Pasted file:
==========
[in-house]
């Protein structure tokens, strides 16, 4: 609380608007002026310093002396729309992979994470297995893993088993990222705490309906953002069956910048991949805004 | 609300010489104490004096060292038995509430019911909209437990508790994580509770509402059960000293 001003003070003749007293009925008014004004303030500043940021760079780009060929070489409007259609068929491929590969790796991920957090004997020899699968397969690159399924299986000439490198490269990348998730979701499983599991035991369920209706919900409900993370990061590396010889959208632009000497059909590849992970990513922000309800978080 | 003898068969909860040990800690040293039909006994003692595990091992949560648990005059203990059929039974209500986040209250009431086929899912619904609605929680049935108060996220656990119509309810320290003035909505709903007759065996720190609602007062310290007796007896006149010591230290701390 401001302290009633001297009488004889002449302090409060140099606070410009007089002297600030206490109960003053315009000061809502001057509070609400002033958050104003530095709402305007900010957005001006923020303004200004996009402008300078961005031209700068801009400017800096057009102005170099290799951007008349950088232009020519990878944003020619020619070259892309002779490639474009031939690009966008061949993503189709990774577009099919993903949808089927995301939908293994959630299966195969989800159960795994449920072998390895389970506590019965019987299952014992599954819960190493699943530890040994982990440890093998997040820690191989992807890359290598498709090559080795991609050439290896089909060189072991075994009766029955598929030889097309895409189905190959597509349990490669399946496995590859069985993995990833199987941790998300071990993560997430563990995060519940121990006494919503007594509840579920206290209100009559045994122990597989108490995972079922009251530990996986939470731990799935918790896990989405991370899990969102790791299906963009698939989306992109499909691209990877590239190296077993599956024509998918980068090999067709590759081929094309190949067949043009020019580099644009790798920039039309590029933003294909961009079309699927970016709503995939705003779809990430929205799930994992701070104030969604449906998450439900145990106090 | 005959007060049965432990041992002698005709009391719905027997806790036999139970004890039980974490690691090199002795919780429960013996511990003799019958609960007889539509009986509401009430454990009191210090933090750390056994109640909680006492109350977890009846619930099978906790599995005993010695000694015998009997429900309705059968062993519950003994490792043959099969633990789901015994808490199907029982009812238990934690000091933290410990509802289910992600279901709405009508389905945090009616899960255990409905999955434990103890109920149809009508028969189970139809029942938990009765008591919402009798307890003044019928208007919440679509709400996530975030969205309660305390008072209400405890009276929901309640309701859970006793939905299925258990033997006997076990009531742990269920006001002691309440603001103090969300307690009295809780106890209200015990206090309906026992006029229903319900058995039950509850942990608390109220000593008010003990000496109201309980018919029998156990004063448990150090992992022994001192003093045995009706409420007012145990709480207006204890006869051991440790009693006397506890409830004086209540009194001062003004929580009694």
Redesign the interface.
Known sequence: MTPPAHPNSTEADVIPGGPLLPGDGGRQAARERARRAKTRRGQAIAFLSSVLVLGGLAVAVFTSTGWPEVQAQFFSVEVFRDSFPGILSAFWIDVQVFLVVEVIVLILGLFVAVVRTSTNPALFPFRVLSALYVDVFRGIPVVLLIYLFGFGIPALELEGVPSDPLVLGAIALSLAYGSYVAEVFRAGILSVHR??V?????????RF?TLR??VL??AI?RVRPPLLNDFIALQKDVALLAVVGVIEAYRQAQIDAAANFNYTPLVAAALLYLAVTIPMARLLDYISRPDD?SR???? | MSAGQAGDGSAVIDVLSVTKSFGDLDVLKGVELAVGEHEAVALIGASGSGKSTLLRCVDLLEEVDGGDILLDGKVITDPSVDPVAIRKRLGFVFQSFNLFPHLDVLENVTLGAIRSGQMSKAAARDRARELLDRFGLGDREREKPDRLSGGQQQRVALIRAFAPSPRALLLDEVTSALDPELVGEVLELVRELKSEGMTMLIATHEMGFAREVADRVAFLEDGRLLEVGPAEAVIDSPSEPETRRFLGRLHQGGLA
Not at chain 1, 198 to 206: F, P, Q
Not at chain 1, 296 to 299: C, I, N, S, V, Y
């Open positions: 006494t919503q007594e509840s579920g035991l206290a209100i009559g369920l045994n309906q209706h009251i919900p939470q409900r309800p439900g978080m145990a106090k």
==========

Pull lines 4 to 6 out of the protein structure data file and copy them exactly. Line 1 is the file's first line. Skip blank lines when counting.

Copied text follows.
Known sequence: MTPPAHPNSTEADVIPGGPLLPGDGGRQAARERARRAKTRRGQAIAFLSSVLVLGGLAVAVFTSTGWPEVQAQFFSVEVFRDSFPGILSAFWIDVQVFLVVEVIVLILGLFVAVVRTSTNPALFPFRVLSALYVDVFRGIPVVLLIYLFGFGIPALELEGVPSDPLVLGAIALSLAYGSYVAEVFRAGILSVHR??V?????????RF?TLR??VL??AI?RVRPPLLNDFIALQKDVALLAVVGVIEAYRQAQIDAAANFNYTPLVAAALLYLAVTIPMARLLDYISRPDD?SR???? | MSAGQAGDGSAVIDVLSVTKSFGDLDVLKGVELAVGEHEAVALIGASGSGKSTLLRCVDLLEEVDGGDILLDGKVITDPSVDPVAIRKRLGFVFQSFNLFPHLDVLENVTLGAIRSGQMSKAAARDRARELLDRFGLGDREREKPDRLSGGQQQRVALIRAFAPSPRALLLDEVTSALDPELVGEVLELVRELKSEGMTMLIATHEMGFAREVADRVAFLEDGRLLEVGPAEAVIDSPSEPETRRFLGRLHQGGLA
Not at chain 1, 198 to 206: F, P, Q
Not at chain 1, 296 to 299: C, I, N, S, V, Y